Switch to Anti-TNF Biosimilar Well-Tolerated in Juvenile Idiopathic Arthritis

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Disease activity was similar between patients with JIA undergoing a non-medical biological switch and those continuing the originator anti-TNF product.

Lianne Kearsley-Fleet, PhD  | Image Credit: Twitter

Lianne Kearsley-Fleet, PhD

Credit: Twitter

A matched comparative effectiveness analysis found no evidence that switching from an anti-tumor necrosis factor (TNF) originator to a biosimilar product stopped treatment, or worsened disease activity, in patients with juvenile idiopathic arthritis (JIA).1

In the UK JIA Biologics Register, approximately three-quarters of patients remained on biosimilar treatment, with only 9% switching back to the originator, after 1 year, supporting the tolerability of non-medical switching in children and young individuals with JIA.

“The results of this study show that switching from an originator to a biosimilar in a non-medical switch does not result in a significant change in disease activity or alter whether patients subsequently stop treatment, compared with those who continue the originator therapy, providing reassurance to patients and their families, as well as healthcare professionals,” wrote the investigative team, led by Lianne Kearsley-Fleet, PhD, Center for Musculoskeletal Research, The University of Manchester.

Initial treatment with conventional synthetic disease-modifying antirheumatic drugs (DMARDs) or steroid or non-steroidal anti-inflammatory drugs can be unsuccessful—biological therapies were first introduced into care in the early 2000s. As the original patents for biological DMARDs have expired, biosimilar products have been manufactured and have demonstrated equivalent efficacy in Phase 3 clinical trials.

In the UK, biosimilars have been licensed in JIA since 2016. Given the competitive pricing of biosimilars, many patients have been switched from an originator for cost-saving purposes, deemed as a ‘non-medical switch.’

However, given the lack of data on clinical outcomes after switching from an originator to a biosimilar in JIA, Kearsley-Fleet and colleagues explored the impact of switching from an anti-TNF originator to a biosimilar on drug survival and disease activity, compared with those who continued on an originator product.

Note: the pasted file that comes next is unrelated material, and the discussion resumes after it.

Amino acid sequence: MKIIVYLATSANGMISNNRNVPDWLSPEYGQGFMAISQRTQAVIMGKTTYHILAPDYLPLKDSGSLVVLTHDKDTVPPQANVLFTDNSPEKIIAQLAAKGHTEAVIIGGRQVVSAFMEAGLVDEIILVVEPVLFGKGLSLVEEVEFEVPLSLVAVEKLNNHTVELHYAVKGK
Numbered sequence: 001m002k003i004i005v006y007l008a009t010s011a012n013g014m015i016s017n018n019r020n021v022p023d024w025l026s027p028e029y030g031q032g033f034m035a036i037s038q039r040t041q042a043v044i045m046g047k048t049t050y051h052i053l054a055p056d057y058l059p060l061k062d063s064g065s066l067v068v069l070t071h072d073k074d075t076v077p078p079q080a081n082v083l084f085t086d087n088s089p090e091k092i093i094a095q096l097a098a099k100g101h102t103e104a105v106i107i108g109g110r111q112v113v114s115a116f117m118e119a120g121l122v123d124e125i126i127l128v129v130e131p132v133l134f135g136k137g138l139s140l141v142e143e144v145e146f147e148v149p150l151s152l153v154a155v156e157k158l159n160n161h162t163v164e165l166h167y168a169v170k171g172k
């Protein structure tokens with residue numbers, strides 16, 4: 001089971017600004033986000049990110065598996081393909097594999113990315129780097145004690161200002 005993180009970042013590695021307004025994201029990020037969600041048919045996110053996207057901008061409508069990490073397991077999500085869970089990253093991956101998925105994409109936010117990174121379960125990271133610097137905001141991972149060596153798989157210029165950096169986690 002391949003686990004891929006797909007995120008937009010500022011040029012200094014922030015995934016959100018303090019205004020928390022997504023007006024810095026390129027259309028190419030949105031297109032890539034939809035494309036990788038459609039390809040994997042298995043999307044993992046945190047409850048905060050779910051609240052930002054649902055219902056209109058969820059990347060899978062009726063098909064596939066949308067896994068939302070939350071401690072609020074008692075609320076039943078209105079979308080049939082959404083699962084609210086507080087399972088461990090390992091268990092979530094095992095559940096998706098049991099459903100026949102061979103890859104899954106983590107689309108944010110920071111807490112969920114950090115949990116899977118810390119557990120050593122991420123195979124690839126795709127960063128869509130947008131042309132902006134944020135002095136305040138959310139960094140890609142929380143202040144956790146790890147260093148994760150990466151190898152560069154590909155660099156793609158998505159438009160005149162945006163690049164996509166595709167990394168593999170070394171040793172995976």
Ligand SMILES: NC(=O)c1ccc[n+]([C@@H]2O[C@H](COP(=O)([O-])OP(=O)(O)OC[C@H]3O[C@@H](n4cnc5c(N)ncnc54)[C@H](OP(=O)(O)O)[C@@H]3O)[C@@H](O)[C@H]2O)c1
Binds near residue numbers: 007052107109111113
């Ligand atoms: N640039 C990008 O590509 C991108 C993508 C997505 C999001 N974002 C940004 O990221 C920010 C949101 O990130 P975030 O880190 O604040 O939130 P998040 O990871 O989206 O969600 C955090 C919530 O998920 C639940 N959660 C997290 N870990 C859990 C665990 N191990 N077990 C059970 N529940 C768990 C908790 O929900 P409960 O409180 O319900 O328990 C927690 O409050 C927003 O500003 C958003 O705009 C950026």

All children and young adults in the UK JIA Biologics Register treated with anti-TNF therapy until July 2023 were identified and eligible for inclusion in the analysis. Those with systemic JIA, or who started treatment ≥6 months before registration were excluded from the study.

Each patient switching to an anti-TNF biosimilar was matched 1:1 to a patient continuing the originator product, based on characteristics at the start of the originator treatment, including age, sex, disease duration, and line of therapy. A Cox proportional hazards model evaluated whether drug persistence differed between those who switched to a biosimilar and those who continued the originator.

A 71-joint juvenile arthritis disease activity score (JADAS-71) was calculated at the index date, or 6 months after the index date. The proportion of patients with a clinically notable worsening score (by ≥1.7 units) after 6 months was compared across cohorts.

Overall, 224 children and young individuals (62% female) with non-systemic JIA were identified as switched from a biological originator to a biosimilar product from January 2017 to July 2023. Most patients (64%) who switched to a biosimilar were originally on adalimumab, while 25% were on etanercept and 11% were on infliximab.

Among this population, 164 patients were matched successfully to a patient continuing on the originator product. Upon analysis, Kearsley-Fleet and colleagues observed no evidence the switching cohort was more likely to stop treatment than those continuing the originator (hazard ratio [HR], 1.46; 95% CI, 0.93–2.30).

For patients (n = 51) who stopped the biosimilar treatment, 18 (35%) switched back to the originator product, including 14 patients in the first year. Meanwhile, 28 (55%) patients began a different biological therapy, and 5 (10%) patients discontinued treatment altogether by the final follow-up.

In matched patients with available disease activity (n = 87), Kearsley-Fleet identified no evidence of clinically important worsening of disease activity by JADAS-71 after 6 months (odds ratio [OR], 0.71; 95% CI, 0.34 - 1.51; P = .38).

“The results from this analysis will be reassuring to clinicians, patients, and their families considering a non-medical switch, and suggests good tolerance of non-medical switching in this patient population,” investigators wrote.

References

  1. Kearsley-Fleet L, Baildam E, Beresford MW, et al. Outcomes after anti-tumour necrosis factor originator to biosimilar switching in children and young people with juvenile idiopathic arthritis in the UK: a national cohort study. Lancet Rheumatol. Published online June 3, 2024. doi:10.1016/S2665-9913(24)00087-0
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